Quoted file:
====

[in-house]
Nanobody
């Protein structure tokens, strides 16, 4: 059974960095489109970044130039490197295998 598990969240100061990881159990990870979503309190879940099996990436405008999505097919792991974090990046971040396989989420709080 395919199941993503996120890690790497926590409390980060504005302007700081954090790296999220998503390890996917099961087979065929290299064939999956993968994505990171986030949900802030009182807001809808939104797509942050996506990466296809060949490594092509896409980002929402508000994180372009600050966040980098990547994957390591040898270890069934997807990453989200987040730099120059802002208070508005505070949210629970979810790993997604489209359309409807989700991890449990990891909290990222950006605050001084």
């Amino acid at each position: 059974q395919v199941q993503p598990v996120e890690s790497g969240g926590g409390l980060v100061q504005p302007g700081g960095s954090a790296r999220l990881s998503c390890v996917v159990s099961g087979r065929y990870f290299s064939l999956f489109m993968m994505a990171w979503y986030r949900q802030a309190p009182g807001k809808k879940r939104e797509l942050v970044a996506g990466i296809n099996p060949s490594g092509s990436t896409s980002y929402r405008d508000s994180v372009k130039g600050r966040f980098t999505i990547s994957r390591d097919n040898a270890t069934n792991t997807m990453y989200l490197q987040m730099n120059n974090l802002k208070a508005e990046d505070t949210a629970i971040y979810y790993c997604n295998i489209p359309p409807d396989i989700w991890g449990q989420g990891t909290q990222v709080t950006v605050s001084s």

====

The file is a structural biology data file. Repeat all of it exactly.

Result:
[in-house]
Nanobody
């Protein structure tokens, strides 16, 4: 059974960095489109970044130039490197295998 598990969240100061990881159990990870979503309190879940099996990436405008999505097919792991974090990046971040396989989420709080 395919199941993503996120890690790497926590409390980060504005302007700081954090790296999220998503390890996917099961087979065929290299064939999956993968994505990171986030949900802030009182807001809808939104797509942050996506990466296809060949490594092509896409980002929402508000994180372009600050966040980098990547994957390591040898270890069934997807990453989200987040730099120059802002208070508005505070949210629970979810790993997604489209359309409807989700991890449990990891909290990222950006605050001084």
């Amino acid at each position: 059974q395919v199941q993503p598990v996120e890690s790497g969240g926590g409390l980060v100061q504005p302007g700081g960095s954090a790296r999220l990881s998503c390890v996917v159990s099961g087979r065929y990870f290299s064939l999956f489109m993968m994505a990171w979503y986030r949900q802030a309190p009182g807001k809808k879940r939104e797509l942050v970044a996506g990466i296809n099996p060949s490594g092509s990436t896409s980002y929402r405008d508000s994180v372009k130039g600050r966040f980098t999505i990547s994957r390591d097919n040898a270890t069934n792991t997807m990453y989200l490197q987040m730099n120059n974090l802002k208070a508005e990046d505070t949210a629970i971040y979810y790993c997604n295998i489209p359309p409807d396989i989700w991890g449990q989420g990891t909290q990222v709080t950006v605050s001084s």